[R] marginality principle / selecting the right type of SS for an interaction hypothesis from Bertolt Meyer on 2008-05-26 (R help archive)

# [R] marginality principle / selecting the right type of SS for an interaction hypothesis

From: Bertolt Meyer <bmeyer_at_sozpsy.uzh.ch>
Date: Sun, 25 May 2008 16:50:45 +0200

Hello,

I have a problem with selecting the right type of sums of squares for an ANCOVA for my specific experimental data and hypotheses. I do have a basic understanding of the differences between Type-I, II, and III SSs, have read about the principle of marginality, and read Venable's "Exegeses on Linear Models"
(http://www.stats.ox.ac.uk/pub/MASS3/Exegeses.pdf). I am pretty new to R and a search of the R-help archive did not answer my question (although I found some good pointers).

In brief, leaving my covariates aside, I hypothesize that women (a) generally perform lower then men in a specific task (microworld performance, MWP) and that they (b) perform especially poor if a certain situational condition exists ("stereotype threat"). N = 160, 80 female & 80 male participants, 82 under stereotype threat and 78 not.

I realize that it makes no sense to report/interpret a main effect of stereotype threat in the confirmed presence of the interaction effect GENDER:STTHREAT, because a main effect of stereotype threat would actually be caused by the interaction (an error-bar plot illustrating this can be found here if one scrolls a little downwars: http://myowelt.blogspot.com/2008/05/obtaining-same-anova-results-in-r-as-in.html)

. I thus tend to use Type-II SSs and calculate my ANOVA with

> library(car)
> Anova(lm(MWP ~ GENDER * STTHREAT), type="II")
Anova Table (Type II tests)

Response: MWP

```                  Sum Sq  Df F value    Pr(>F)
GENDER           23.939   1 32.3672 6.139e-08 ***
STTHREAT         12.684   1 17.1489 5.644e-05 ***
GENDER:STTHREAT   4.997   1  6.7557   0.01024 *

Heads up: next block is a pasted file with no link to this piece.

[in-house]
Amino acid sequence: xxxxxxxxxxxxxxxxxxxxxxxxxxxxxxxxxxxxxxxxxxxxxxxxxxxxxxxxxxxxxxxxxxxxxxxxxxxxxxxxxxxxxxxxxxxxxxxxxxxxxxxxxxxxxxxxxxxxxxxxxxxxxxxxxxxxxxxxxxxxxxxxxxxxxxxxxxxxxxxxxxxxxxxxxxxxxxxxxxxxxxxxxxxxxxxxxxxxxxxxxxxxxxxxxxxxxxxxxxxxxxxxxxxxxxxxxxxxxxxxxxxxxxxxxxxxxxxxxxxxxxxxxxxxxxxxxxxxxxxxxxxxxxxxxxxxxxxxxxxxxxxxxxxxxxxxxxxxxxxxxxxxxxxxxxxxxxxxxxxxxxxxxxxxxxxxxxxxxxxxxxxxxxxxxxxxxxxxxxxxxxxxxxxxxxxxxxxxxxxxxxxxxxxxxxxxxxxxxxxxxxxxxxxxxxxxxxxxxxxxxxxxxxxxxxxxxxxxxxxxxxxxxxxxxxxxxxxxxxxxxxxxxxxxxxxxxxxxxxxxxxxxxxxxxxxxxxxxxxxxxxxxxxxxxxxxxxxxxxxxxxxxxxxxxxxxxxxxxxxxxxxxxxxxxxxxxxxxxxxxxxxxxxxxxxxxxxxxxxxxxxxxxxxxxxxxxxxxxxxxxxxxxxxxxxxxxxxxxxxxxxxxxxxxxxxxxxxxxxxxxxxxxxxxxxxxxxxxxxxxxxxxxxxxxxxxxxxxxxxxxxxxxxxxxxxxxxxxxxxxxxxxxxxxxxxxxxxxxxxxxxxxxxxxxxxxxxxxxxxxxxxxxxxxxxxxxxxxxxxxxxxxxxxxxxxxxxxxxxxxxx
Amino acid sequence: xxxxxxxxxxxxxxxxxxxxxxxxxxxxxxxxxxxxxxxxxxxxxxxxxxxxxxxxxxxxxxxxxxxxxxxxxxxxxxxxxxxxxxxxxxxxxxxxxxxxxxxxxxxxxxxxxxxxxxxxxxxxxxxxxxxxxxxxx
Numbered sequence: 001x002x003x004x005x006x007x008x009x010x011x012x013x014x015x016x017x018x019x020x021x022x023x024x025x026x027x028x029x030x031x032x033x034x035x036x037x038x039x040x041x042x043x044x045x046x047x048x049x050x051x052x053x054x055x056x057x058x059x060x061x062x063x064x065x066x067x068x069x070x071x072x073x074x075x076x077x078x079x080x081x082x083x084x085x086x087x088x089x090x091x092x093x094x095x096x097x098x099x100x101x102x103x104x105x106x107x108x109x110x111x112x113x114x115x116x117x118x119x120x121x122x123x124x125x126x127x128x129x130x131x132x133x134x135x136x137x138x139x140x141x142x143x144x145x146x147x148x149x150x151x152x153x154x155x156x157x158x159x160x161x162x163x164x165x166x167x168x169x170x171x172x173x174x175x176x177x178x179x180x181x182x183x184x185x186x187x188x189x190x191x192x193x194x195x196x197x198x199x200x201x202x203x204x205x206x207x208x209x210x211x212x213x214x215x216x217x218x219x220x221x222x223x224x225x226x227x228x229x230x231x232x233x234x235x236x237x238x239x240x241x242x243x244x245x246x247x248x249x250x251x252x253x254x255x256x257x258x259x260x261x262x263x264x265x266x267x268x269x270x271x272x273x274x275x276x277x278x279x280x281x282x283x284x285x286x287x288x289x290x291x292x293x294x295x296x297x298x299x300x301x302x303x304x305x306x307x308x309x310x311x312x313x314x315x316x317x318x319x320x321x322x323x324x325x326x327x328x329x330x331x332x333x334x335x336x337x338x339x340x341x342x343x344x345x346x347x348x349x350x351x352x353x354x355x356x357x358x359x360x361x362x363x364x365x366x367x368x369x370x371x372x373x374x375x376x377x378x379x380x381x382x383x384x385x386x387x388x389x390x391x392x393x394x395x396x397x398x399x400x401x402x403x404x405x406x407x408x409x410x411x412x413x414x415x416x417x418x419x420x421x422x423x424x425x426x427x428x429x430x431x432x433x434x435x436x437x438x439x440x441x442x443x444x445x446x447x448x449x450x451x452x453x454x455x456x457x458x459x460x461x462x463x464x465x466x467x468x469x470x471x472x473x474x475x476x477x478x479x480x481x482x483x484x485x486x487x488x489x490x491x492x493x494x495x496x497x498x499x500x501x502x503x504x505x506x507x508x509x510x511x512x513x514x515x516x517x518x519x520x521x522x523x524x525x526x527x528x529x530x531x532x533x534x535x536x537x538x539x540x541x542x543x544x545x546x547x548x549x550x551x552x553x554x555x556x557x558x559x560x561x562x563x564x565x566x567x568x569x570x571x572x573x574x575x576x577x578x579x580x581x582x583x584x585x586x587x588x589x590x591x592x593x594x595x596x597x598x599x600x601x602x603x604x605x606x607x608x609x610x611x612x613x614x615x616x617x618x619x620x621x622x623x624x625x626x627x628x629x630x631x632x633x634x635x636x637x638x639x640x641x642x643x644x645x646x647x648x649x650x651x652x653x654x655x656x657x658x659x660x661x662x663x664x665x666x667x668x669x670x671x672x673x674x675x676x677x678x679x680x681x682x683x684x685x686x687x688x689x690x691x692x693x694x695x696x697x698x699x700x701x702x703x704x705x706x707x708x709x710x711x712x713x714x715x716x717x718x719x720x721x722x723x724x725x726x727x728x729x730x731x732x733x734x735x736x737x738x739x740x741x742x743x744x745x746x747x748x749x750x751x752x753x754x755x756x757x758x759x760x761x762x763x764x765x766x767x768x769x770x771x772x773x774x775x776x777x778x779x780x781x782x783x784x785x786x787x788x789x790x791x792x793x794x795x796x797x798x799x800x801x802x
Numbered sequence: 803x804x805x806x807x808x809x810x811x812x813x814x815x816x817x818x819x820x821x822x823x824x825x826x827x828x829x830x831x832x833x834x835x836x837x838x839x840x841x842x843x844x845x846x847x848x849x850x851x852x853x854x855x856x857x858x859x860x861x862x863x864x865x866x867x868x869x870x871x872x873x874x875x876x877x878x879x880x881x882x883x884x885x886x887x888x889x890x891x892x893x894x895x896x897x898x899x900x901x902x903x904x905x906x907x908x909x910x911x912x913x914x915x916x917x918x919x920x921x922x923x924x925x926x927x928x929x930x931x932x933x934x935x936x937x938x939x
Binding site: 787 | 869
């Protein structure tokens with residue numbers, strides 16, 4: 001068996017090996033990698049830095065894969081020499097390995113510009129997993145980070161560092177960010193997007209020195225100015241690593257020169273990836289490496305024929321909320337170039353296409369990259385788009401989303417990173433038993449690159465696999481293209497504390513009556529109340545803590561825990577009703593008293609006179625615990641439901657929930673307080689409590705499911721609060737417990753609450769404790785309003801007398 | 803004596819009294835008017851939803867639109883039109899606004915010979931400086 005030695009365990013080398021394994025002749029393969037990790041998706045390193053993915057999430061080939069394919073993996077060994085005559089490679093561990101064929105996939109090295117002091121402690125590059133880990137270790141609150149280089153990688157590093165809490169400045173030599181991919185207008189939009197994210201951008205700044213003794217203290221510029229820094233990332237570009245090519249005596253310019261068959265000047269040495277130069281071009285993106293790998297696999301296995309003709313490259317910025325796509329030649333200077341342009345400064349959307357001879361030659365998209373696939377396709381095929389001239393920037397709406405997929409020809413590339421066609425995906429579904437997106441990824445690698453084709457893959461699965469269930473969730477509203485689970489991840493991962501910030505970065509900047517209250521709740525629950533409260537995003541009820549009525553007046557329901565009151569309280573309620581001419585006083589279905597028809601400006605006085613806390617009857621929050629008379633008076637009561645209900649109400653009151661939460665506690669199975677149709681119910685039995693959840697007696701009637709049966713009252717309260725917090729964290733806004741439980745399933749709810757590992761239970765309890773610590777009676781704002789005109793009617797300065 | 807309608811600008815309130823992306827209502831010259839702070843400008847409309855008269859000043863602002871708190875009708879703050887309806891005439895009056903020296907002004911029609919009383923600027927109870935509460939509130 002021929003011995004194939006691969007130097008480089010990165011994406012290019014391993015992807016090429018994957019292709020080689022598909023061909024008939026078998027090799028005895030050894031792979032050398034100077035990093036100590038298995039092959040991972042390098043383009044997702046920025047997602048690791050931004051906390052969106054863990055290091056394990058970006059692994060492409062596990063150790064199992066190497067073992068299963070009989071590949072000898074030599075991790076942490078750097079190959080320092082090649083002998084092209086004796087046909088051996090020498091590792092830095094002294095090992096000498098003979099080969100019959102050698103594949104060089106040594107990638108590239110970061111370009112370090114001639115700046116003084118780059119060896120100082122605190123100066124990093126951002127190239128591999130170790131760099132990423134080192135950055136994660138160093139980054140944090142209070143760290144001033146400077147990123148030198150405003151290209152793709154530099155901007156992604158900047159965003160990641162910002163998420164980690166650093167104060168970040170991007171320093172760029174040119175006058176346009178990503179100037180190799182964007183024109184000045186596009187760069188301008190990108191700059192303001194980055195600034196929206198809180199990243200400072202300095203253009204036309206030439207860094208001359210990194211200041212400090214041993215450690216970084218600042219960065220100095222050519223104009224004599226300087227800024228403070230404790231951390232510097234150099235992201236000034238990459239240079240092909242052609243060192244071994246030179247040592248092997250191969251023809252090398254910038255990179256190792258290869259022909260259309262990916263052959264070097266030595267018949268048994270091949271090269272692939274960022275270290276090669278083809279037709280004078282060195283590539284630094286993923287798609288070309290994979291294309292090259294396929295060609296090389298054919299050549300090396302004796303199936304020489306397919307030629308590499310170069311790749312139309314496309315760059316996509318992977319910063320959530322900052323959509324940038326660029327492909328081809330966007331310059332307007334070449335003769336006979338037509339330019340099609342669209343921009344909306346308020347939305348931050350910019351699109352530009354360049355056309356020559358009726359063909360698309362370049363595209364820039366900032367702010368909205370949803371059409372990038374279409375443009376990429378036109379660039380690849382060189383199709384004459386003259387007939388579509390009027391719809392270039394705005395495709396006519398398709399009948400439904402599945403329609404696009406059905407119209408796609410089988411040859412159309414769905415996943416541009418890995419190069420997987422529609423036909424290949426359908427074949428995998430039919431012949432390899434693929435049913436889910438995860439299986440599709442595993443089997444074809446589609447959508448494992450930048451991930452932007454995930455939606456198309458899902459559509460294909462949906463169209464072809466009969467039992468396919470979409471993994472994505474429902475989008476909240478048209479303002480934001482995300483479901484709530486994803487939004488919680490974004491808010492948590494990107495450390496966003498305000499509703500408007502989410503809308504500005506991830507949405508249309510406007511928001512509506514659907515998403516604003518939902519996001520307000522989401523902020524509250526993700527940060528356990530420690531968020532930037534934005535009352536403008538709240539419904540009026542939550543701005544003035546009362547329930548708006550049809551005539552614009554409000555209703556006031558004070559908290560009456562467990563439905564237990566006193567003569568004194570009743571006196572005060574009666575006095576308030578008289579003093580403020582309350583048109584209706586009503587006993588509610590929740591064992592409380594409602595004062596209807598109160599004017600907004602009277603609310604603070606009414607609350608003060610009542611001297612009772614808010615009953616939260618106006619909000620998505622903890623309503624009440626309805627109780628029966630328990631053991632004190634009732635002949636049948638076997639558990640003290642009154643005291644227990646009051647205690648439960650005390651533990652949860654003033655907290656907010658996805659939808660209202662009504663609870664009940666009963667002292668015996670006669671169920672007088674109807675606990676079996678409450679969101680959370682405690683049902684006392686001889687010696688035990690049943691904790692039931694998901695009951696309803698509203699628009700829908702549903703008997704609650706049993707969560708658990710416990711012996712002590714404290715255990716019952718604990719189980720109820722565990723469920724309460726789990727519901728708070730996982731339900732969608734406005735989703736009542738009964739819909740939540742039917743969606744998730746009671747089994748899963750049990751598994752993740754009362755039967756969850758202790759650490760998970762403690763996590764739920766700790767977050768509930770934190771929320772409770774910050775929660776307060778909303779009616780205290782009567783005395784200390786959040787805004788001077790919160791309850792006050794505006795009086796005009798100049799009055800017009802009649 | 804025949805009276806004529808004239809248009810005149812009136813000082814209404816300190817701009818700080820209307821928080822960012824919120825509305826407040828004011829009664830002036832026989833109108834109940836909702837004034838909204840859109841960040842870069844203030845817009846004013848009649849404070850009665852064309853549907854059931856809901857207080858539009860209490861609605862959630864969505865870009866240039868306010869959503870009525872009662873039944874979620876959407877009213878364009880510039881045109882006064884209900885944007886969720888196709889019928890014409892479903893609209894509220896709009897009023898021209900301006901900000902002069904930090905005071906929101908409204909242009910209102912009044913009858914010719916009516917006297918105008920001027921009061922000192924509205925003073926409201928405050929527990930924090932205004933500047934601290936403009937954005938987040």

Residuals       115.380 156
```
```---
Signif. codes:  0 ‘***’ 0.001 ‘**’ 0.01 ‘*’ 0.05 ‘.’ 0.1 ‘ ’ 1

However, it would make sense to report the main effect of GENDER in
the presence of the interaction and thus violate the marginality
principle, because of hypothesis (a) above. Would that mean that Type-
III SSs are desirable for the analysis of the main effect of GENDER,
and Type-II SSs are desirable for the main effect of STTHREAT and the
interaction? Or would it be better to specify a model that only
includes the interaction term and the main effect of gender with Type-
III SSs? Like this:

> options(contrasts=c("contr.sum", "contr.poly"))

> fit <- aov(MWP ~ GENDER:STTHREAT + GENDER)
> drop1(fit,~.,test="F")
Single term deletions

Model:
MWP ~ GENDER:STTHREAT + GENDER
Df Sum of Sq     RSS     AIC F value     Pr(F)
<none>                       115.380 -44.310
GENDER           1    23.381 138.761 -16.787  31.612 8.475e-08 ***
GENDER:STTHREAT  2    17.680 133.061 -25.499  11.952 1.481e-05 ***
---
Signif. codes:  0 ‘***’ 0.001 ‘**’ 0.01 ‘*’ 0.05 ‘.’ 0.1 ‘ ’ 1

If this has been answered before and I was just too blind to find it,
I apologize and would appreciate a link to the post.

Another question that arises from the use of Type-III SSs: If every
factor is corrected for the other factors, the SSs of all factors plus
the RSS do not sum up to the total SS of the model. But doesn't that
lead to a situation where the standard way of calculating eta-square
for a factor by dividing its SS by the total SS cannot be applied?

Regards,
Bertolt

--
Bertolt Meyer
Senior Assistant
Psychological Institute, University of Zurich
Social Psychology
Binzmuehlestr. 14, Box 15
CH-8050 Zurich
Switzerland

bmeyer_at_sozpsy.uzh.ch
tel:   +41446357282
fax:   +41446357279

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